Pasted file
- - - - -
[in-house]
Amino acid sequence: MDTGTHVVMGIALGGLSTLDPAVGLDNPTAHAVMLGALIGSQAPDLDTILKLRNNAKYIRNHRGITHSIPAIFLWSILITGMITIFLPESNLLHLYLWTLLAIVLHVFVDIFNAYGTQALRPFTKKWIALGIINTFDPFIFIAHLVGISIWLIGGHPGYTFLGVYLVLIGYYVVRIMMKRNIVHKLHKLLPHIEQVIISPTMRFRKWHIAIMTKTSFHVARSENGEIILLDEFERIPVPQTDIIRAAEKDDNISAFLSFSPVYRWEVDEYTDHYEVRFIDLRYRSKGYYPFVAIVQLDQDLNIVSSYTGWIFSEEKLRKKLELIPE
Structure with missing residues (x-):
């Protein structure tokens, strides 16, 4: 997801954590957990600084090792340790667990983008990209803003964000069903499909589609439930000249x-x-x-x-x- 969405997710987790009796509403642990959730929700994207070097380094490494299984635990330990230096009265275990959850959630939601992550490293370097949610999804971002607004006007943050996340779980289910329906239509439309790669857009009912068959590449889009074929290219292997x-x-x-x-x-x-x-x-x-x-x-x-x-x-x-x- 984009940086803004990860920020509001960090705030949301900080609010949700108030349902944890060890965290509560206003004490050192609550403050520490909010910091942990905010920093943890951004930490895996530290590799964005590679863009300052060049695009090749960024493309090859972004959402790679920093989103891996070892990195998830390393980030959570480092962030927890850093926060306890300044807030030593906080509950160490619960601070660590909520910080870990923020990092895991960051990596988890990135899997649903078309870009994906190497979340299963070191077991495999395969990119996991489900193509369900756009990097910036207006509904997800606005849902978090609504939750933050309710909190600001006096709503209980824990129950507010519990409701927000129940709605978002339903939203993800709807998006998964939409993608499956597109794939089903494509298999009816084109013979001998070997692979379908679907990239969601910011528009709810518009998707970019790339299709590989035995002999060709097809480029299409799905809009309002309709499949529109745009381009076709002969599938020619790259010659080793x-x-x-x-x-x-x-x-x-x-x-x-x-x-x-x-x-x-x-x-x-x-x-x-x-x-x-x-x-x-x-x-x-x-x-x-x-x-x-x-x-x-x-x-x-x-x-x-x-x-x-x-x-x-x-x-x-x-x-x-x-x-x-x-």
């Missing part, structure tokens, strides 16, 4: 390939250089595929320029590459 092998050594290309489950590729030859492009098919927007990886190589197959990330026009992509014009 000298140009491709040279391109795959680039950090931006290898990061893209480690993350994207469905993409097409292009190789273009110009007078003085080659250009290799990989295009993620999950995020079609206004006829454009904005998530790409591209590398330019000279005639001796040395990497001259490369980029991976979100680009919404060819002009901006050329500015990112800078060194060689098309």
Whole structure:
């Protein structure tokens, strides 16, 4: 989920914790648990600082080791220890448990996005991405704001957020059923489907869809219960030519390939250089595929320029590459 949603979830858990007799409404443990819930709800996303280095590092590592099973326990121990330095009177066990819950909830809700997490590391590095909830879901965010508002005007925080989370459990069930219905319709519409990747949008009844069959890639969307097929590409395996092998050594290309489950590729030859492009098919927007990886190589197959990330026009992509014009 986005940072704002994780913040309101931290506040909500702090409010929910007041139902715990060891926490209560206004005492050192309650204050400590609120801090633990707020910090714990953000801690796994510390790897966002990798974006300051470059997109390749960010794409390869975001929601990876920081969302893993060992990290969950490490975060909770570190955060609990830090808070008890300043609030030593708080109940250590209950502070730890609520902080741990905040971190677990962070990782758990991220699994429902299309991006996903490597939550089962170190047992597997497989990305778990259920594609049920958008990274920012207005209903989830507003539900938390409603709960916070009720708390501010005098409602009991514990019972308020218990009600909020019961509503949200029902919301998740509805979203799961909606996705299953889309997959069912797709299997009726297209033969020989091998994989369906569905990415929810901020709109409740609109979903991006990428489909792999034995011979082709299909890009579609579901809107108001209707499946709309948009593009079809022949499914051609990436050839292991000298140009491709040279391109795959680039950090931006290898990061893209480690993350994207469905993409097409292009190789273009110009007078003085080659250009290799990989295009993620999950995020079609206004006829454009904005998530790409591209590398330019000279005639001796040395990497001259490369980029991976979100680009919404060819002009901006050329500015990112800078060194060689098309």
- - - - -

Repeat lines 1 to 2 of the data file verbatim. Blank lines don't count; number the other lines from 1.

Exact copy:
[in-house]
Amino acid sequence: MDTGTHVVMGIALGGLSTLDPAVGLDNPTAHAVMLGALIGSQAPDLDTILKLRNNAKYIRNHRGITHSIPAIFLWSILITGMITIFLPESNLLHLYLWTLLAIVLHVFVDIFNAYGTQALRPFTKKWIALGIINTFDPFIFIAHLVGISIWLIGGHPGYTFLGVYLVLIGYYVVRIMMKRNIVHKLHKLLPHIEQVIISPTMRFRKWHIAIMTKTSFHVARSENGEIILLDEFERIPVPQTDIIRAAEKDDNISAFLSFSPVYRWEVDEYTDHYEVRFIDLRYRSKGYYPFVAIVQLDQDLNIVSSYTGWIFSEEKLRKKLELIPE